10. Many SSL VPNs don't use the latest encryption tech Most SSL VPNs don't get a passing grade Information security firm High-Tech Bridge has conducted a study of SSL VPNs (Virtual Private Networks) and discovered that nine out of ten such servers don't provide the security they should be offering, mainly because they are using insecure or outdated encryption. An SSL VPN is different from a classic IPSec VPN because it can be used inside a standard Web browser without needing to install specific software on the client-side. SSL VPNs are installed on servers, and clients connect to the VPN via their browsers alone. This connection between the user's browser and the VPN server is encrypted with the SSL or TLS protocol. Three-quarters of all SSL VPNs use untrusted certificates Researchers from High-Tech Bridge say they analyzed 10,436 randomly selected SSL VPN servers and they found that most of them are extremely insecure. They claim that 77% of all SSL VPNs use SSLv3 or SSLv2 to encrypt traffic. Both of these two versions of the SSL protocol are considered insecure today. These protocols are so insecure that international and national security standards, such as the PCI DSS and NIST SP 800-52 guidelines, have even gone as far as to prohibit their usage. Regardless of their SSL version, 76% of all SSL VPN servers also used untrusted SSL certificates. These are SSL certificates that the server has not confirmed, and that attackers can mimic and thus launch MitM (Man-in-the-Middle) attacks on unsuspecting users. High-Tech Bridge experts say that most of these untrusted certificates are because many SSL VPNs come with default pre-installed certificates that are rarely updated. Some VPNs still use MD5 to sign certificates Additionally, researchers also note that 74% of certificates are signed with SHA-1 signatures, and 5% with MD5 hashes, both considered outdated. 41% of all SSL VPNs also used insecure 1024 key lengths for their RSA certificates, even if, for the past years, any RSA key length below 2048 was considered to be highly insecure. Even worse, one in ten SSL VPNs is still vulnerable to the two-year-old Heartbleed vulnerability, despite patches being available. Out of all the tested SSL VPNs, researchers say that only 3% followed PCI DSS requirements. None managed to comply with NIST (National Institute of Standards and Technology) guidelines. High-Tech Bridge is also providing a free tool that can tell users if their SSL VPN or HTTPS website is actually doing a good job of protecting them. Article source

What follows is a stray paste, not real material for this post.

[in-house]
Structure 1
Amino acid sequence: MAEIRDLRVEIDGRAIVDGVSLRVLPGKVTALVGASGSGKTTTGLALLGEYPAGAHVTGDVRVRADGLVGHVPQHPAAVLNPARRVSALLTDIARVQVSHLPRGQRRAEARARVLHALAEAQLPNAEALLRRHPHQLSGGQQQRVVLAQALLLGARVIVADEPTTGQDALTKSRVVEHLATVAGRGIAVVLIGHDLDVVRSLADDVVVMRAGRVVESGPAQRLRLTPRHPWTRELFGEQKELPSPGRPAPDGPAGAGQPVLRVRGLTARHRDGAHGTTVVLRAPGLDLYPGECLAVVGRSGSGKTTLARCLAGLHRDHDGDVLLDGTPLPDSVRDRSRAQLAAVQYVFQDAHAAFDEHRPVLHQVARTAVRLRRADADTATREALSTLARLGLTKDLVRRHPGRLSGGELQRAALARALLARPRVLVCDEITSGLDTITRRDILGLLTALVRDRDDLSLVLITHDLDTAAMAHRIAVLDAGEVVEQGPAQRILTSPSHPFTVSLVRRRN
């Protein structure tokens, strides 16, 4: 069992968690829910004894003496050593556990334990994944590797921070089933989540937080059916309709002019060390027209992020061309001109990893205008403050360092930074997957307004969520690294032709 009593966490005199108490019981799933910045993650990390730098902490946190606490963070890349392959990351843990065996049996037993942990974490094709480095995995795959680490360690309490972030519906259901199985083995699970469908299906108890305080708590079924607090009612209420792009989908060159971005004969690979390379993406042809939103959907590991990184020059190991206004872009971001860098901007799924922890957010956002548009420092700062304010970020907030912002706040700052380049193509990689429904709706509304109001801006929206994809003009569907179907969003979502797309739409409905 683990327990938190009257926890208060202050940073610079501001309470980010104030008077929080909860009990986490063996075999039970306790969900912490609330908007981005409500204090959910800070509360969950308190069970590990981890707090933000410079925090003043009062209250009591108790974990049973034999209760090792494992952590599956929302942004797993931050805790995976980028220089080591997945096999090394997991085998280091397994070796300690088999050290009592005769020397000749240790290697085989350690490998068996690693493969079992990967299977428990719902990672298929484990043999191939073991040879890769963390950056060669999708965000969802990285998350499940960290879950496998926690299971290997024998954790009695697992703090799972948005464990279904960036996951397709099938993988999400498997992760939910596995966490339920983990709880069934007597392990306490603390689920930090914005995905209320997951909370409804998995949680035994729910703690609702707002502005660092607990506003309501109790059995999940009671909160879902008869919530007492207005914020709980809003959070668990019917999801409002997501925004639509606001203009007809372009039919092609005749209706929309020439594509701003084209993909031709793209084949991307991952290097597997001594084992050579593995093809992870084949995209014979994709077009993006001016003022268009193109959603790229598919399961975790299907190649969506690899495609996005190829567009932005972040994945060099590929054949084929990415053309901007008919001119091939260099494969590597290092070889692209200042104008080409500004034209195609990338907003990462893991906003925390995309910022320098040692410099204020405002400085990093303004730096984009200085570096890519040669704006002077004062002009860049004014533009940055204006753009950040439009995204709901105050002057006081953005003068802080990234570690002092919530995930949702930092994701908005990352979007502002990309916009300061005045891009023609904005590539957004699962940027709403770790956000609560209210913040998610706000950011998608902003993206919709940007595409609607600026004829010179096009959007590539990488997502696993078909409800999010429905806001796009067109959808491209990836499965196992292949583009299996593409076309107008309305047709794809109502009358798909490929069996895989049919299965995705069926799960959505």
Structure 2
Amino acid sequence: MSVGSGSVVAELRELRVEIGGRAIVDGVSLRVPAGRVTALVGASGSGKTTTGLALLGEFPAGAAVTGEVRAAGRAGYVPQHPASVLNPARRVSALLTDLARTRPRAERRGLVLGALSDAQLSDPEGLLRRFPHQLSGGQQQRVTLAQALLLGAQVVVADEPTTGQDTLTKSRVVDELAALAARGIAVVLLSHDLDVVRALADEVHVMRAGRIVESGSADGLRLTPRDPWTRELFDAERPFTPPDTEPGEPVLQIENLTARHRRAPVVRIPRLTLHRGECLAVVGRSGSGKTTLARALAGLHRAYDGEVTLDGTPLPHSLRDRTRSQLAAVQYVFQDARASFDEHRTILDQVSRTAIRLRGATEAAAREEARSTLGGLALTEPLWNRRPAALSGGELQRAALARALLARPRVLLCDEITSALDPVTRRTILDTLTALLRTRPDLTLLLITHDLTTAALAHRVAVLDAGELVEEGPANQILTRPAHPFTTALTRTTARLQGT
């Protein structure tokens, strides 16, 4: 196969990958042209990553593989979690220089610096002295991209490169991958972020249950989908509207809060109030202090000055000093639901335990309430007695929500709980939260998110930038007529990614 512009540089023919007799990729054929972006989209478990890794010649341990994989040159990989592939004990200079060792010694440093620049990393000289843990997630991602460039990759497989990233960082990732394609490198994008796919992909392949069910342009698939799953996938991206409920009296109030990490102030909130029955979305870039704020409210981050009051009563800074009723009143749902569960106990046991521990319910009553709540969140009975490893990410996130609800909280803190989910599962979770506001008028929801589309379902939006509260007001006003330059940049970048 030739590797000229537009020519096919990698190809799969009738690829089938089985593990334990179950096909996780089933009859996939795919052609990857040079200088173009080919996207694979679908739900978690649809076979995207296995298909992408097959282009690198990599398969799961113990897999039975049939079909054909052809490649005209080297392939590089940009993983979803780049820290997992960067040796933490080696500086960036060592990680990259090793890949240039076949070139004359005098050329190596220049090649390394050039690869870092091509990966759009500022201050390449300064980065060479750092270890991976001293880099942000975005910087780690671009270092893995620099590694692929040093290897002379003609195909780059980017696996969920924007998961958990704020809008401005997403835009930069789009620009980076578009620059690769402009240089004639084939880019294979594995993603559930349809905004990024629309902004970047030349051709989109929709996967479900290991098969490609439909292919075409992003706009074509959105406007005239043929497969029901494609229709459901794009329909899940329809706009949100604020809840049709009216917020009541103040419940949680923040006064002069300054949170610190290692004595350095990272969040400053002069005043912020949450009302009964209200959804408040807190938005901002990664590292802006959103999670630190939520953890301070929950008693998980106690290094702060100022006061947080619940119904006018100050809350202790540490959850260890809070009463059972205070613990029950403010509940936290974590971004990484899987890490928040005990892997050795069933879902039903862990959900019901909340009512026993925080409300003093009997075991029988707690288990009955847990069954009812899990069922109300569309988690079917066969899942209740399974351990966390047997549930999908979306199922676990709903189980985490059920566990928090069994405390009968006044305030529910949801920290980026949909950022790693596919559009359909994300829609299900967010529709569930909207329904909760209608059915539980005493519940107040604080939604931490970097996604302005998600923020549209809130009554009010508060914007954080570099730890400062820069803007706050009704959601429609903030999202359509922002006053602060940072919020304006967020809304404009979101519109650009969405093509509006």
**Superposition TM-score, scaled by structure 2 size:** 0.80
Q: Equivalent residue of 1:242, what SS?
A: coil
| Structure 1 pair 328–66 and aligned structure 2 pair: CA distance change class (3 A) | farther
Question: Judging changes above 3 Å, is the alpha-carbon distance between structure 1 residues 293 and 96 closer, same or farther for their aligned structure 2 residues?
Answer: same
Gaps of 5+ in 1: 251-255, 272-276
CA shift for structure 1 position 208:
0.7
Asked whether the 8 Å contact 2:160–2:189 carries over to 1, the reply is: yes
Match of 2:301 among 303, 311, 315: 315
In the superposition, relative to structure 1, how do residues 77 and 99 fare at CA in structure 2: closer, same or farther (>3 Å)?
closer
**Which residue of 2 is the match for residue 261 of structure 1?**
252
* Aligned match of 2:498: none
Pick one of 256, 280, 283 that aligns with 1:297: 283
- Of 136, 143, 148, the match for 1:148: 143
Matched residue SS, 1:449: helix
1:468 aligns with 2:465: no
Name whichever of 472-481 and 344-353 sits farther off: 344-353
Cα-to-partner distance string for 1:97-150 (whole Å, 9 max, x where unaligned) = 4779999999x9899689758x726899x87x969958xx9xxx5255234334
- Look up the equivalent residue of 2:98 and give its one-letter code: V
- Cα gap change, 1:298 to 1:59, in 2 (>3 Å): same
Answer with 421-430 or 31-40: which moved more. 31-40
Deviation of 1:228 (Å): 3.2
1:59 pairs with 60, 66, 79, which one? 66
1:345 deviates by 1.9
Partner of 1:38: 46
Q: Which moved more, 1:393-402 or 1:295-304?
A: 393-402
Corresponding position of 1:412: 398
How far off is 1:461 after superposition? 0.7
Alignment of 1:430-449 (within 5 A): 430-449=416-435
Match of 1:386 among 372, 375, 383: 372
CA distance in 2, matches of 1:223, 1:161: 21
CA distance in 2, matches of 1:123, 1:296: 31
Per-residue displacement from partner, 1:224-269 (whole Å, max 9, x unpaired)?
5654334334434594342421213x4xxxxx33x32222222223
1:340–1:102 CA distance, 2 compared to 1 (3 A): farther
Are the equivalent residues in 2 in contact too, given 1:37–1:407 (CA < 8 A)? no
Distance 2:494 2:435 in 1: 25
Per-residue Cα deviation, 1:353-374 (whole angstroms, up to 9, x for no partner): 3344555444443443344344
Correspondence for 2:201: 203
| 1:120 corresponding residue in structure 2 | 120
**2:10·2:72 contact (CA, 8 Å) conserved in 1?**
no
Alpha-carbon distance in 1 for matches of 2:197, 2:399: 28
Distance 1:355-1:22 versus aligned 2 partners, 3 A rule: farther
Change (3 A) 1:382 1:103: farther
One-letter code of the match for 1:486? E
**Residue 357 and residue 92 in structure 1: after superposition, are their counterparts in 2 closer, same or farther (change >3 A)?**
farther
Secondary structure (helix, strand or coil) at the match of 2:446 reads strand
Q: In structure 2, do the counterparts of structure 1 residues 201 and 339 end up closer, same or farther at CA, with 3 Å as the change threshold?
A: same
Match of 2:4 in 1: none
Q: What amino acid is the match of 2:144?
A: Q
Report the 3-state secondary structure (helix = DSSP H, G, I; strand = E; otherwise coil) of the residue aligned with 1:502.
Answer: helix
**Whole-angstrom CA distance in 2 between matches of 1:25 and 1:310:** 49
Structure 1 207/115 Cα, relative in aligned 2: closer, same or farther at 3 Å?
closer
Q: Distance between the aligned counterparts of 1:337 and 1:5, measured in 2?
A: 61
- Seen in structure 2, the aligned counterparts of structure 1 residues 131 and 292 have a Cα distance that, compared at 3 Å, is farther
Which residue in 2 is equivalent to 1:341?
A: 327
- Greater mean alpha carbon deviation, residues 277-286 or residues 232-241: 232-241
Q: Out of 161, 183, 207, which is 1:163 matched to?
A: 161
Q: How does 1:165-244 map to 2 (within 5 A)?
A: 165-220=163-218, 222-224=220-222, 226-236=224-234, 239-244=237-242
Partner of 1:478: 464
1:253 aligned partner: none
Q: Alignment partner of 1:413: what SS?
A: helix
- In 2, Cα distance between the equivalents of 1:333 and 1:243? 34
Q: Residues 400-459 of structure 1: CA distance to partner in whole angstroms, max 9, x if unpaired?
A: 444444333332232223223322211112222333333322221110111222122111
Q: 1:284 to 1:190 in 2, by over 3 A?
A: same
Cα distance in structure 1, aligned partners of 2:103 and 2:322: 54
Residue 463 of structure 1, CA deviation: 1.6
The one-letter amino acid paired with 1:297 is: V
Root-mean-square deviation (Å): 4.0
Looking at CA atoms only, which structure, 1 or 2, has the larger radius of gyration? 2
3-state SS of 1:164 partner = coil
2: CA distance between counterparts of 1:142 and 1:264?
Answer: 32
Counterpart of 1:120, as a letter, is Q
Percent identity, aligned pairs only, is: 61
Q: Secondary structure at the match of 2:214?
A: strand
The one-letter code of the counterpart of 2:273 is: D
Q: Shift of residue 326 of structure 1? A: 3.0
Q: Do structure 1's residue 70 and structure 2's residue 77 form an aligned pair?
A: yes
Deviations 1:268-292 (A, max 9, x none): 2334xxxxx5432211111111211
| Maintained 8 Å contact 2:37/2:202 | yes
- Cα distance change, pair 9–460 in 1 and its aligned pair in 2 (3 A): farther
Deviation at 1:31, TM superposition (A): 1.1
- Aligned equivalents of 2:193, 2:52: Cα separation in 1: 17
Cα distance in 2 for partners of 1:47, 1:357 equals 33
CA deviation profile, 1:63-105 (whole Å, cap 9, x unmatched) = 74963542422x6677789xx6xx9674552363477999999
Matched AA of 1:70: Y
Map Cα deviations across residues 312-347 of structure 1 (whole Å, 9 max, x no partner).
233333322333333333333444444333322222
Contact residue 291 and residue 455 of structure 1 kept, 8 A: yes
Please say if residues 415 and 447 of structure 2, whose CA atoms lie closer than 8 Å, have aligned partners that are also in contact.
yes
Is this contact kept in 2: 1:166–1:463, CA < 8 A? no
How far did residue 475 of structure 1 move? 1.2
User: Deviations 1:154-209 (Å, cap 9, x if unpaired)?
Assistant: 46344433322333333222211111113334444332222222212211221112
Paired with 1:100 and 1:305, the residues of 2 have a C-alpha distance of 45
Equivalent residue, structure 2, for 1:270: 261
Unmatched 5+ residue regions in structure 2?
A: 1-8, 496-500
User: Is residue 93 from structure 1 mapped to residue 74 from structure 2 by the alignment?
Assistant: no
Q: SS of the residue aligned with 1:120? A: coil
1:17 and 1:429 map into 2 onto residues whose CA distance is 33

11. PCI Council delays SSL abandonment date to 2018, so cruddy credit crypto continues The Payment Card Industry Security Standards Council (PCI SSC) has decided to delay the deadline for migration from Secure Sockets Layer (SSL) to Transport Layer Security (SSL). Earlier this year, the Council decided the time to make the change was June 2016, a reasonable idea given that SSL gave the world the Heartbleed, Shellshock and Poodle vulnerabilities. Now the Council says it's just too hard for retailers to make the jump. The canned statement (PDF) about the moratorium, issued deep into Friday US time, features the Council's general manager Stephen Orfei saying migration was expected to be simple, “but in the field a lot of business issues surfaced as we continued dialog with merchants, payment processors and banks.” Orfei laid some of the blame at the feet of mobile devices, saying that retailers' efforts to secure transactions made on smartphones and fondleslabs, on top of “encryption, the SHA-1 browser upgrade and EMV in the US” together make for so much work that the SSL death deadline can't be met. “We’re working very hard with representatives from every part of the ecosystem to make sure it happens as before the bad guys break in,” Orfei says. The world will therefore have to bumble along with known-to-be imperfect encryption for two years longer than planned, a period during which The Register imagines "the bad guys" will do their very best take advantage of weak encryption. The new migration deadline will be formalised in the next version of the PCI DSS standard, due in April 2016. Article source